Lady Sybil Crawley Branson (Jessica Brown Findlay) -- The youngest and most headstrong of the Crawley girls. Lady Sybil created a scandal by marrying the chauffeur. Sybil is the family rebel. She is fiercely political, devoted to the cause of votes for women, and generally angered by injustice everywhere. She exasperates both parents. She will go through the motions, when it comes to Society, but her goals all lie beyond what they consider the proper field. She is detached from most of the family quarrels about inheritance as she doesn't care about it.
  Martha Levinson (Shirley Maclaine) -- Lady Grantham's rich, boisterous American mother arrives to attend Lady Mary's wedding -- and to butt heads with any stuffy Englishman (or woman) who crosses her path.
  Matthew Crawley (Dan Stevens) -- The third cousin of the earl and the fiancé of Lady Mary. Matthew became heir of Lord Grantham when closer male relatives died on the Titanic. The son of a doctor and a nurse, Matthew is comfortable with both Downton's titled and untitled denizens. He is a third cousin, once removed, of Lord Grantham. His father was a doctor, which is amazing to Lord Grantham and offensive to his wife. Matthew himself has qualified as a solicitor and is already practicing in Manchester. Now, he finds himself heir to an earldom and a large estate and he is invited to move there and to become part of the local community. He eventually agrees but only if he can continue to work. Cora Grantham is partly infuriated by this interloper and partly determined that he will marry one of her daughters, so her attitude to him is completely schizophrenic. As for the girls, Mary sees him as a possible fall-back position, Edith as a possible instrument of revenge and Sybil as part of a dying system.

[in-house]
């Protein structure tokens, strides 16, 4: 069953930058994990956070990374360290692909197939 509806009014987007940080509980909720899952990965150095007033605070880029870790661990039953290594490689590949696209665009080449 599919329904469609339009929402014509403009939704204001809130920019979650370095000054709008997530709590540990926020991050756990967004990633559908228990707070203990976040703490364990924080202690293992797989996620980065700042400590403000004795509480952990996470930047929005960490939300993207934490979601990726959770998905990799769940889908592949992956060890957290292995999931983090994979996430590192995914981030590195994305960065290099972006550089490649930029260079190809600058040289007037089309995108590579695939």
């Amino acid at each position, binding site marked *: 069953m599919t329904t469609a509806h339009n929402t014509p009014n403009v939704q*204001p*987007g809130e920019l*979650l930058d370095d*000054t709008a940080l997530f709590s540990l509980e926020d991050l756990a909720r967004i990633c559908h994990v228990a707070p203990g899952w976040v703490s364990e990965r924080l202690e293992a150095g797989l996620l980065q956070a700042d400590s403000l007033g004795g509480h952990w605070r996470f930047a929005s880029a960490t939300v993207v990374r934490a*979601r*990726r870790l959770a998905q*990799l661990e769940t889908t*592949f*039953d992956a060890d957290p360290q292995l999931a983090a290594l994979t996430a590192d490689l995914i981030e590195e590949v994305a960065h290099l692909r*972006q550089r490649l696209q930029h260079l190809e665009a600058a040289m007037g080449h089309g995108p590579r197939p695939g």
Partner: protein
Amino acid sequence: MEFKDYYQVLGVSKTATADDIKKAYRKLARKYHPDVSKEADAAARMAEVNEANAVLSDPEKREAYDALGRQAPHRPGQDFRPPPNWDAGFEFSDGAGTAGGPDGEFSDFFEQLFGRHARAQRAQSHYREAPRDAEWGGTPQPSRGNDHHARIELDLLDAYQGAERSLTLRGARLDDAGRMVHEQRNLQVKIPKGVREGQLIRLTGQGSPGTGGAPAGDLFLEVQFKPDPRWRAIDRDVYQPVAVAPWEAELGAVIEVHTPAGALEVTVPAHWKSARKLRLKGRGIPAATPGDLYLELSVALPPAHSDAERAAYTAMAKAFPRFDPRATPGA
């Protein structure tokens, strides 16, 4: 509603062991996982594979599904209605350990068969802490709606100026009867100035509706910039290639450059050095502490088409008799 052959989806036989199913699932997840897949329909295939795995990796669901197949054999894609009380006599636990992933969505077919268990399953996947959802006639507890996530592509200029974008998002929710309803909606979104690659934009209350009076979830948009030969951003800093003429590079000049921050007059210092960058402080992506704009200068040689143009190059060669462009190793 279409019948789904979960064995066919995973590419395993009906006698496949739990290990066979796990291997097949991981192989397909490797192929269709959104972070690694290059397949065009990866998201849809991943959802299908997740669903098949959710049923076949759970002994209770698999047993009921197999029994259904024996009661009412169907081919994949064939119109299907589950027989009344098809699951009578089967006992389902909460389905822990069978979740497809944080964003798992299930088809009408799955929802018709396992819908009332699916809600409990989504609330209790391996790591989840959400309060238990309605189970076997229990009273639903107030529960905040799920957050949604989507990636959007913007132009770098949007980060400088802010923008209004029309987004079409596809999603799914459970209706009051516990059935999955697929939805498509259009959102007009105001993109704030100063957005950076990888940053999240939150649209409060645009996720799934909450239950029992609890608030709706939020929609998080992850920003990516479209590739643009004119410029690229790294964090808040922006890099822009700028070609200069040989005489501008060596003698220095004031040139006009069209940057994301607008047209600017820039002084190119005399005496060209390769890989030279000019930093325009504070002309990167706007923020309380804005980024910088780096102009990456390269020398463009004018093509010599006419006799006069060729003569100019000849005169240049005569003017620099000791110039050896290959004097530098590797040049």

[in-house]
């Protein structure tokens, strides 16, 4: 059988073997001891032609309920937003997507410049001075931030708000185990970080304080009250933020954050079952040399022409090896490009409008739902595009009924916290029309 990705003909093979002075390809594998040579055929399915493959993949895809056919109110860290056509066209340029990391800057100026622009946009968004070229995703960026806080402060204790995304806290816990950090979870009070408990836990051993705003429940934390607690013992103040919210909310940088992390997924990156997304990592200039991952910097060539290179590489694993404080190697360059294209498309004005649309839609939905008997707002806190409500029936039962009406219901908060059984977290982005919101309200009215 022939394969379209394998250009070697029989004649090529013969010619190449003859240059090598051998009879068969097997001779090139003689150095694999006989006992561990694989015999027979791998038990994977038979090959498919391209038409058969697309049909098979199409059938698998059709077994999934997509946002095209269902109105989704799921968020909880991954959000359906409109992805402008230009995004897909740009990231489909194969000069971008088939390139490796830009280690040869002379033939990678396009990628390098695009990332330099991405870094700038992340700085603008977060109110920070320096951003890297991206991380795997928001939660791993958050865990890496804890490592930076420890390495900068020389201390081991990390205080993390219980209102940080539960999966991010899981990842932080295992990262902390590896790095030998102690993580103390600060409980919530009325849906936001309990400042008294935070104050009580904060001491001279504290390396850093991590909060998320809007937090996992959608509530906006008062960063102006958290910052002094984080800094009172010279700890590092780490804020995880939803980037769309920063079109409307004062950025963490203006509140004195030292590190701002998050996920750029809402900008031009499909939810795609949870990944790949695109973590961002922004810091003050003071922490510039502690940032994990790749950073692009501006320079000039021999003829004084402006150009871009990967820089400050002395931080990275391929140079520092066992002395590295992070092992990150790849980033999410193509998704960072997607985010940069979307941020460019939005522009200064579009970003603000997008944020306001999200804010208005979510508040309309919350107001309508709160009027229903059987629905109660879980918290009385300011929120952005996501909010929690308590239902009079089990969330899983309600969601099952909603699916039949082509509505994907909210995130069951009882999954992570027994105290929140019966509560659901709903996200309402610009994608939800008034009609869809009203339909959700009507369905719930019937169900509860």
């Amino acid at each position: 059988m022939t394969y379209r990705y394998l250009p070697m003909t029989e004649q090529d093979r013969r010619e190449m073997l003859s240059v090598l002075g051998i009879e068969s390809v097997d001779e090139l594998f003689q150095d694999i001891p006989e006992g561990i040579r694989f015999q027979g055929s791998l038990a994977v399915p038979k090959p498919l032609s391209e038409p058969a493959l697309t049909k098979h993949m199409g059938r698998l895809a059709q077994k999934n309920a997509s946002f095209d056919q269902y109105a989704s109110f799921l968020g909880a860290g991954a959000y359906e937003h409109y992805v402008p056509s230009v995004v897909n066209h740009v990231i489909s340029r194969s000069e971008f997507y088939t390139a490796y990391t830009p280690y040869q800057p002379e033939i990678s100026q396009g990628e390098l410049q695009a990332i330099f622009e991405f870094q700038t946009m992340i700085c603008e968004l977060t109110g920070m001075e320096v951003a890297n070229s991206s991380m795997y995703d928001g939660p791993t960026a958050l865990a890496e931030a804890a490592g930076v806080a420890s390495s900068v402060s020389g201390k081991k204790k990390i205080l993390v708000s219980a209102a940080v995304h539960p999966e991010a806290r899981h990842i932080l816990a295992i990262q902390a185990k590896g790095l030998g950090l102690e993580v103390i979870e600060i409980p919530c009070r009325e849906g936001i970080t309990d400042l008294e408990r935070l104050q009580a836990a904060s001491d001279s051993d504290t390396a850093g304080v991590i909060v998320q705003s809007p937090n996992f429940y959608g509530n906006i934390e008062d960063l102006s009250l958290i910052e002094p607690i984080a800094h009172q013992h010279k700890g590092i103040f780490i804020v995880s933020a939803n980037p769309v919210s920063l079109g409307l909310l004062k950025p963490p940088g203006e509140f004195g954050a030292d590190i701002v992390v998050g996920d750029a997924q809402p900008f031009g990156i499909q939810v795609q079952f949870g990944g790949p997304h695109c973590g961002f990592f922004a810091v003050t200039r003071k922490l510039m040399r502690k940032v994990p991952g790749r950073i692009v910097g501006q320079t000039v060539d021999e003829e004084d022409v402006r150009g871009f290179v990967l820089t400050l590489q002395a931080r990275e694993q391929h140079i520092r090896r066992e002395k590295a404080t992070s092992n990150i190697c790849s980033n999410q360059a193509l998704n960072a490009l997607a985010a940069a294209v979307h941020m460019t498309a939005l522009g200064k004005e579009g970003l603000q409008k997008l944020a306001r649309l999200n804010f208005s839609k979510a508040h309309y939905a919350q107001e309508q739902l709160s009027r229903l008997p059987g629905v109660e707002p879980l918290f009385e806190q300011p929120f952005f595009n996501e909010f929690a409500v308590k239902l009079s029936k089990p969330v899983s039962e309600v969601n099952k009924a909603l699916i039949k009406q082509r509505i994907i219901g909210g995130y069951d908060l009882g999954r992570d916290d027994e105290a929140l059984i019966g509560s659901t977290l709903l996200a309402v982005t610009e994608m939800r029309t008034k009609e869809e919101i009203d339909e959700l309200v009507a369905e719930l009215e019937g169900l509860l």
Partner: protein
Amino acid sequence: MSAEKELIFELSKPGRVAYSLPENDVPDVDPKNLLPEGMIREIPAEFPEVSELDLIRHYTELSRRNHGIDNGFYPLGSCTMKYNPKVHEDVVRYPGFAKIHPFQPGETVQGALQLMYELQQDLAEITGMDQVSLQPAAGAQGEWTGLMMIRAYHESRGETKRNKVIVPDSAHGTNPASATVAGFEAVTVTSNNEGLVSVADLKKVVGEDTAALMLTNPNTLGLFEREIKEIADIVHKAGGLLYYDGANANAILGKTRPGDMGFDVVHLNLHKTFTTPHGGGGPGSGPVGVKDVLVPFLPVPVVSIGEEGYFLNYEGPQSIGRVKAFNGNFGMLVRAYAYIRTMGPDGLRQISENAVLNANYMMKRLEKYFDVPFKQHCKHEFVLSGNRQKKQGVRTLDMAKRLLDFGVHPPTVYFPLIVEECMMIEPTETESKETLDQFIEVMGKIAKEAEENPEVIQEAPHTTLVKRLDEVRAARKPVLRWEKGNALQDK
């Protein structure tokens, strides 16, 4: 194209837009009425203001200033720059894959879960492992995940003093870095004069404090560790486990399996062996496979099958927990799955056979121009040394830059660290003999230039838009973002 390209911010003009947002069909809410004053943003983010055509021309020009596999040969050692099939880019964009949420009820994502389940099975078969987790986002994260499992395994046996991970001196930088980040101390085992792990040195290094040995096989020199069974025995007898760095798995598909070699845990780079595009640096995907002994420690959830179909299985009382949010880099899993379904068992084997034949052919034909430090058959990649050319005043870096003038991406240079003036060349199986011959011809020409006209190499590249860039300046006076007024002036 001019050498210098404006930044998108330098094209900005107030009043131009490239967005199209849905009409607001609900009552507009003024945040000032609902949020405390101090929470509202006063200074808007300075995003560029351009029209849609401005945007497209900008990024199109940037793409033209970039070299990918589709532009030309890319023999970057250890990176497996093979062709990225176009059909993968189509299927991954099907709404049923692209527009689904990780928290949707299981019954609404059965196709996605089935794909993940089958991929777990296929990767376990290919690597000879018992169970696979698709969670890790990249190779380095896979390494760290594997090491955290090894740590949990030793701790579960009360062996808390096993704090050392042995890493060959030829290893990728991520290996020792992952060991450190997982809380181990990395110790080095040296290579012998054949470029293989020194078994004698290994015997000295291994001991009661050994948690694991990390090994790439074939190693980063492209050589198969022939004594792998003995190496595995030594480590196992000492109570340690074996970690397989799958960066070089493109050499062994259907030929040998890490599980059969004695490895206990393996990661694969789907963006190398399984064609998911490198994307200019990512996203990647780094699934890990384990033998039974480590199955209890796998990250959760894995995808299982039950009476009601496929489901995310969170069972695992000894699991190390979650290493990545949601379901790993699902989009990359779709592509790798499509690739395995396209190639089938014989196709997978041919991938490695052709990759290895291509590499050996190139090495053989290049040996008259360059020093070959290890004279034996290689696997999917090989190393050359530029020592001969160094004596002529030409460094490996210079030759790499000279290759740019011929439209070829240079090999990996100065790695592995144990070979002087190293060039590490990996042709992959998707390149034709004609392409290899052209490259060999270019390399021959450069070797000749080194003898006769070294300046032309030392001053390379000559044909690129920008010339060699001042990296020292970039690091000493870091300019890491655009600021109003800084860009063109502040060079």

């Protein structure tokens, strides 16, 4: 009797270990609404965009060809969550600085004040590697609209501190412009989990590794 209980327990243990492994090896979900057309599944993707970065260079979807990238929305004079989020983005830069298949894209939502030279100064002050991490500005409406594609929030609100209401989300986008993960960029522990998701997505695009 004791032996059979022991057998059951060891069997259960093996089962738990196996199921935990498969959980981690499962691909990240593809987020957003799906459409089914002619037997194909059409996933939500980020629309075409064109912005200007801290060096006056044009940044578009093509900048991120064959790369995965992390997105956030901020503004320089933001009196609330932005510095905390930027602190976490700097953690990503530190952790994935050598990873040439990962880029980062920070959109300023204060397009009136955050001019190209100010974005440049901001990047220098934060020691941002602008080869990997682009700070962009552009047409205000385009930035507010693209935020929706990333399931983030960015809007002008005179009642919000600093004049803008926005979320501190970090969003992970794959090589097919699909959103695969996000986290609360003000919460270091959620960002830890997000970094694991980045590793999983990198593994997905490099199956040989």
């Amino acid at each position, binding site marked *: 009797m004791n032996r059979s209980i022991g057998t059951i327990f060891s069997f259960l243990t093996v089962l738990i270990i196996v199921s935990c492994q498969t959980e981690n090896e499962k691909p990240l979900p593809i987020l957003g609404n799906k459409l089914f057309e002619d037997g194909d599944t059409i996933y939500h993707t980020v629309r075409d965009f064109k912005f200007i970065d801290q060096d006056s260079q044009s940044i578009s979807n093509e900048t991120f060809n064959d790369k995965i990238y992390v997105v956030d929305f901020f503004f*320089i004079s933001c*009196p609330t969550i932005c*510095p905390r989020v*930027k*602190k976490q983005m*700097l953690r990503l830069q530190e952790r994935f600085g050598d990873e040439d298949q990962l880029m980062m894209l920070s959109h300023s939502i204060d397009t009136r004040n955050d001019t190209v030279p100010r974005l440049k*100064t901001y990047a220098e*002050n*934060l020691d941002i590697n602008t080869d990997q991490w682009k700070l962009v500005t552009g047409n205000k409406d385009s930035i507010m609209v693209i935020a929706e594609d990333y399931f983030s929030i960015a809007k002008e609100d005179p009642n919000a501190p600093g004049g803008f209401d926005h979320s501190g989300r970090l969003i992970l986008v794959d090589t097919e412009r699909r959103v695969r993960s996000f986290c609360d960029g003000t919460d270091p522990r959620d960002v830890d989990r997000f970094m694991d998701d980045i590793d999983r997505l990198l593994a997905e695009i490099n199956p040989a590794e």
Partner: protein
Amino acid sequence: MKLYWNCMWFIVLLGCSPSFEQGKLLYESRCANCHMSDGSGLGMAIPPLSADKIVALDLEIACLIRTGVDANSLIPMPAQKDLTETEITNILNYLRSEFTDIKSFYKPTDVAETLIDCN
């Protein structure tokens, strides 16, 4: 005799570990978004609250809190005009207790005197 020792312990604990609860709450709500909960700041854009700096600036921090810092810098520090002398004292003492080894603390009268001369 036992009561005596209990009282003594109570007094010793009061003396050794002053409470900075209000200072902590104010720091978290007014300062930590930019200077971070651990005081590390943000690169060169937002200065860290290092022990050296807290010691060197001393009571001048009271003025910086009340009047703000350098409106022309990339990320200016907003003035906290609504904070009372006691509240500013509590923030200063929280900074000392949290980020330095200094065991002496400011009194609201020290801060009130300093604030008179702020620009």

Isobel Crawley (Penelope Wilton) -- Matthew's widowed mother, the daughter of a doctor (her husband studied under her father) She is not entirely comfortable with her son's pending ascension to the peerage. She and the dowager countess make for the show's odd couple, simultaneously friends and rivals. She is and she comes from the professional middle class, and thus embodies an entirely different set of values from those of the main family. Being far better educated than either Violet or Cora, she is at loggerheads with Violet. She is intensely proud of her son and not because he has turned out to be the heir to a great name. If anything, she thinks he is throwing away a brilliant career. She agrees to come and manage her son's house on the estate, but she has mixed feelings about the whole set up.